Though there are 10,000 soldiers stationed on Limnos, this hasn't deterred tourism, the military garrison being concentrated around Moudras Bay.
The island also produces some good wines, for which it has been famous since antiquity.
Rose, dry white, and some of the best retsina in Greece are produced here, with the town of Kondias making ouzo, the town very picturesque, its stone houses with red tiled roofs, and some natural pine forest on either side. The small port capital, on the west side, though not overly attractive, has an old quarter with some stone houses built during Ottoman times, and some neoclassical mansions near the beach.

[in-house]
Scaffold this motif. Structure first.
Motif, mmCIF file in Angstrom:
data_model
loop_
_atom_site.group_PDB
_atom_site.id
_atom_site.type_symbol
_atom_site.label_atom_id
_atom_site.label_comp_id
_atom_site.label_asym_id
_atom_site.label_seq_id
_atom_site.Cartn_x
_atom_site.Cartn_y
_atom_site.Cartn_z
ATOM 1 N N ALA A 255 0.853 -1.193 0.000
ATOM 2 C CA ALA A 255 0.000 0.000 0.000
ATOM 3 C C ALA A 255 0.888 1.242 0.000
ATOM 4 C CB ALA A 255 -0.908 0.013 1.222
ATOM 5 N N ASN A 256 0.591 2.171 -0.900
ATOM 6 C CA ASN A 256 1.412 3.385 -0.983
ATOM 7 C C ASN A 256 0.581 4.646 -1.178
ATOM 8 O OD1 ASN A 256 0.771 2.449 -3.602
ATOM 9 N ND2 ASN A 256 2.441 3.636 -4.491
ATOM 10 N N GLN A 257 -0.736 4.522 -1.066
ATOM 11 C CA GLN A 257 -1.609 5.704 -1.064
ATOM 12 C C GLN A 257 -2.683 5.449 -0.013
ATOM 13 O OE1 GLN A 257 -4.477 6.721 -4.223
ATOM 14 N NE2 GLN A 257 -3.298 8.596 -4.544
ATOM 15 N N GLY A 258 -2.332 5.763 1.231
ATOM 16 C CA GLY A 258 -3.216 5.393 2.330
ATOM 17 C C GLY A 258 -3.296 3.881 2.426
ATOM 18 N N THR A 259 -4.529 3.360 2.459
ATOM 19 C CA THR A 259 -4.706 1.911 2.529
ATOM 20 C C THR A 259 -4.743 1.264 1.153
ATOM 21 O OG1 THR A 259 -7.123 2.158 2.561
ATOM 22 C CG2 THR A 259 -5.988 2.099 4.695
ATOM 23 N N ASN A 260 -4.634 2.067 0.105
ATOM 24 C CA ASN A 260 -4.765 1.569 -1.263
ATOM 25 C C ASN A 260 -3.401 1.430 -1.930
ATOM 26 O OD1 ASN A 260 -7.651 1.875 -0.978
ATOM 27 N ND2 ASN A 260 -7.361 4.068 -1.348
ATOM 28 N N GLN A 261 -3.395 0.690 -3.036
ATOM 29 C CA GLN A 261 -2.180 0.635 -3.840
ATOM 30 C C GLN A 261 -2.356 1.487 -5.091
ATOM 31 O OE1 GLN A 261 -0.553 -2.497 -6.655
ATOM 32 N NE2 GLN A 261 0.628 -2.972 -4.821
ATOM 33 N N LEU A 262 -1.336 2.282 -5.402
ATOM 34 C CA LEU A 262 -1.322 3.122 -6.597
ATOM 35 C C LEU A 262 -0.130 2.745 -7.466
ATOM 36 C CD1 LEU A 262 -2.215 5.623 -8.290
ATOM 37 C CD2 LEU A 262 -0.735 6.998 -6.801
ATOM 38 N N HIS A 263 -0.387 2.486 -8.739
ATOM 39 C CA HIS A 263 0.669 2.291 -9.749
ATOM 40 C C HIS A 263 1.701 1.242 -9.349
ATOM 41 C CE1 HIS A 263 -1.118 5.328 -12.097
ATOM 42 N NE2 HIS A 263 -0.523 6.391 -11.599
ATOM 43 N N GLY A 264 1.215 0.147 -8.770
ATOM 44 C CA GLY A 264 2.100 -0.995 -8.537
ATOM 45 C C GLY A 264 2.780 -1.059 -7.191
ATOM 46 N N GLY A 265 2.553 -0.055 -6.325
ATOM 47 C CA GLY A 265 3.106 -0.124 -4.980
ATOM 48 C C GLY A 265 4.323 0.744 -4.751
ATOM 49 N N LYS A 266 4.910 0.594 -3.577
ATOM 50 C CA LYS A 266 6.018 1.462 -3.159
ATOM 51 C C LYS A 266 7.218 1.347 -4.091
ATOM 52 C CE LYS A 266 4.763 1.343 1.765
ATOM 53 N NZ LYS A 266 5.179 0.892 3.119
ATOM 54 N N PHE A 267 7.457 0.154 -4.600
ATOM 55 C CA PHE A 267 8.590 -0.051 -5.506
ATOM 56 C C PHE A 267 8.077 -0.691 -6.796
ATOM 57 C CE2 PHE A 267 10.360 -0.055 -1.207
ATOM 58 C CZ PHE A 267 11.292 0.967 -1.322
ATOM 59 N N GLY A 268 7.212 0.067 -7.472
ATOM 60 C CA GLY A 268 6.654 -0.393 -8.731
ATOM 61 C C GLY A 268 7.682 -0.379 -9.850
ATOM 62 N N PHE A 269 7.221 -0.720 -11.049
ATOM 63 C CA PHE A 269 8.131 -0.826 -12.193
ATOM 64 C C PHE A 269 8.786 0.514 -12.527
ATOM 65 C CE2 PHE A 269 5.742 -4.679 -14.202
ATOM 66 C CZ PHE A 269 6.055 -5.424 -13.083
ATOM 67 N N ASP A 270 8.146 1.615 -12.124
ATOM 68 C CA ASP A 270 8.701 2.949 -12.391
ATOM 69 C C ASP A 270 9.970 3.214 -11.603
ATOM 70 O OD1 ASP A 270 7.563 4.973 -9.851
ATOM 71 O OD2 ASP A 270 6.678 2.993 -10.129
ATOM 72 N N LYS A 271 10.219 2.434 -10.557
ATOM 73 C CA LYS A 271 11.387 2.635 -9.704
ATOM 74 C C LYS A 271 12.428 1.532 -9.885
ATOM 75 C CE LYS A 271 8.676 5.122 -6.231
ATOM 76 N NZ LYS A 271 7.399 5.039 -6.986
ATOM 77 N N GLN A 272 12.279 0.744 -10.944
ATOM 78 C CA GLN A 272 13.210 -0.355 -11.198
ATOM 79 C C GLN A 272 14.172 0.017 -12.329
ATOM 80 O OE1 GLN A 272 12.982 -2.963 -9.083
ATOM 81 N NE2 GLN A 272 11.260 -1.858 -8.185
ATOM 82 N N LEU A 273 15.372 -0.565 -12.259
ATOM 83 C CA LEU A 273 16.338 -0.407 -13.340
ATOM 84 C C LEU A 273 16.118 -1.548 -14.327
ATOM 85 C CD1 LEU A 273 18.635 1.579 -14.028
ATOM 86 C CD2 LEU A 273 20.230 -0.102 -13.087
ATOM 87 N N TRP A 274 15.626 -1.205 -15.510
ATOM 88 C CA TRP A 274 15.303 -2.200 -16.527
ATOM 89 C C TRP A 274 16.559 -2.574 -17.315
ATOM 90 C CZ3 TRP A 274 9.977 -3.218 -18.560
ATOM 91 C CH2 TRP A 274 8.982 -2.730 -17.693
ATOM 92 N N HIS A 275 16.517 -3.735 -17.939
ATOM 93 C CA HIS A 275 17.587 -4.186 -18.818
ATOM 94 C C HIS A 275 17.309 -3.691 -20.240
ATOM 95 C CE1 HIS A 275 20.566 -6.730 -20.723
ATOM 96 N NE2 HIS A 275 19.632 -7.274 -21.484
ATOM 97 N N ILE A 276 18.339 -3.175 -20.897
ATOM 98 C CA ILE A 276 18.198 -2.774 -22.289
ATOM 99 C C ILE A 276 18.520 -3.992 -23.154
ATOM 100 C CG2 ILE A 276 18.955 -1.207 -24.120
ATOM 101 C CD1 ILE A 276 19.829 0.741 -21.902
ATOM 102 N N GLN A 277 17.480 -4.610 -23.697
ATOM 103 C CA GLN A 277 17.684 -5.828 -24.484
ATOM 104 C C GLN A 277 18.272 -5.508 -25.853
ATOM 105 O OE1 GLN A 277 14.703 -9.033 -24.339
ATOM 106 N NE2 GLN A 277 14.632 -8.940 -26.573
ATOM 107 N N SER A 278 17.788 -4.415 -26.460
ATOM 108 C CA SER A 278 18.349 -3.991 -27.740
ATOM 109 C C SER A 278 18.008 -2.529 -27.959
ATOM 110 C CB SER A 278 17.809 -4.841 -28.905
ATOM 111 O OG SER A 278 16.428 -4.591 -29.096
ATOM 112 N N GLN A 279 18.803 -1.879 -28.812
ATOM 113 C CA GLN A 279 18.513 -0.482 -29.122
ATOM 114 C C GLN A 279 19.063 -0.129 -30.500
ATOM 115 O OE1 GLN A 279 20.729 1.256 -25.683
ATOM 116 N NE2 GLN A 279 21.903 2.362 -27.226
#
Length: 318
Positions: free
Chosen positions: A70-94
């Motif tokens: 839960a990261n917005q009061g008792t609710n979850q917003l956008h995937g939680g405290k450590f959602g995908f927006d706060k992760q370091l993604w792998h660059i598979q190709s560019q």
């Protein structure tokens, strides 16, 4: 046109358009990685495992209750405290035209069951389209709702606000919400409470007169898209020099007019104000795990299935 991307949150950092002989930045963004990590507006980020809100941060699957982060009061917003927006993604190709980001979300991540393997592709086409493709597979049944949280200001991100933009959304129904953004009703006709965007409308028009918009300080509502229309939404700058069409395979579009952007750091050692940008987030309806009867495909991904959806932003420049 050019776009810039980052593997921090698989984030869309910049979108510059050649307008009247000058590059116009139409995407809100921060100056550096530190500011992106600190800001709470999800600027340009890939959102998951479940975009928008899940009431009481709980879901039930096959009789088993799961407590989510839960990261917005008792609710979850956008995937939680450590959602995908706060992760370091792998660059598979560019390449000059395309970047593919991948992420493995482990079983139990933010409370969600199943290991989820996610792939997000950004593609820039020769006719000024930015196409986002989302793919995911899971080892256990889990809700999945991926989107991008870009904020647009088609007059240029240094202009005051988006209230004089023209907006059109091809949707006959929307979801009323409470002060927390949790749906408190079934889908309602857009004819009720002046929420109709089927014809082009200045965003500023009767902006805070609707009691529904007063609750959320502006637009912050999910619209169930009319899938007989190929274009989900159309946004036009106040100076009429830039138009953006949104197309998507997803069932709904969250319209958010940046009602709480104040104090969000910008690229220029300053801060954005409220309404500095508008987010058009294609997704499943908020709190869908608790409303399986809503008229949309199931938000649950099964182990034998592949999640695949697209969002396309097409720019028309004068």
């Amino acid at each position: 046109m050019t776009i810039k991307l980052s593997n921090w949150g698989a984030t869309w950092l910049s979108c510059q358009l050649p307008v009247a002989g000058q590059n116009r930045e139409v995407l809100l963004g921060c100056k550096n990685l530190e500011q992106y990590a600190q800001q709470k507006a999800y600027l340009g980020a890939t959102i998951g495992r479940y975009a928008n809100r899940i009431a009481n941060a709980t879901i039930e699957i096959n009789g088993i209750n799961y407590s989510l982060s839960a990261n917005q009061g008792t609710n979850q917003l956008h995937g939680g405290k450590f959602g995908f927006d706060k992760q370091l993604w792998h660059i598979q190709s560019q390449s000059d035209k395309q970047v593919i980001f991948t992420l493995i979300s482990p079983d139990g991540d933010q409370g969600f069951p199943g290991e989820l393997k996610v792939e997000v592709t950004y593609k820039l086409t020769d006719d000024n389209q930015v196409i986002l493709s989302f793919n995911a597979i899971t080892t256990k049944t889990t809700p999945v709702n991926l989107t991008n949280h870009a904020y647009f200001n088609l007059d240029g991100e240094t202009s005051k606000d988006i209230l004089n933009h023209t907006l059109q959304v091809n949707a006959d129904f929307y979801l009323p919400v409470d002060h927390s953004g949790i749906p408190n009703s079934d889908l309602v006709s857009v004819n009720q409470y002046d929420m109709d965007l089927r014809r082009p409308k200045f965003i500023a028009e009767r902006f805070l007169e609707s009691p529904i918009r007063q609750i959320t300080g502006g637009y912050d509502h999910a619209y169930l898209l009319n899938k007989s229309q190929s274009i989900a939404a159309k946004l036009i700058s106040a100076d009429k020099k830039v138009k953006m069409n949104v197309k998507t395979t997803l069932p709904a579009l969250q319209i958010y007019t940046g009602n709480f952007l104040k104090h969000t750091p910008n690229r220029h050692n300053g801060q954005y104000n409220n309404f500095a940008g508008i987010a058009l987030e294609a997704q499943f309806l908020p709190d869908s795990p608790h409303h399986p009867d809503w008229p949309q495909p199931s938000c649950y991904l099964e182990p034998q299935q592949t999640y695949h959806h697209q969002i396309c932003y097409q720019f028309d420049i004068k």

There are also ruins of a Byzantine fortress, later added onto by the Venetians, with wonderful views of Mt. Athos peninsula; the archaeological museum is housed in an Ottoman mansion. Though the island is on the dry side, there are many trees, including oak, jujube, myrtle, fig, mulberry and poplar, cattle and sheep are pastured on the land, and agricultural produce includes grain, cheese made from sheep's milk, honey, vegetables,sesame and cotton.
There is also rugged, hilly land on the west side, with cultivated land inbetween mountains. Streams come out at some of the nice island beaches along indented coasts, and there are hot springs, ancient sites, and some appealing villages. To the south of Limnos, the smaller island of Aghios Efstratios has wooded valleys and long, wild beaches where freelance camping is permitted.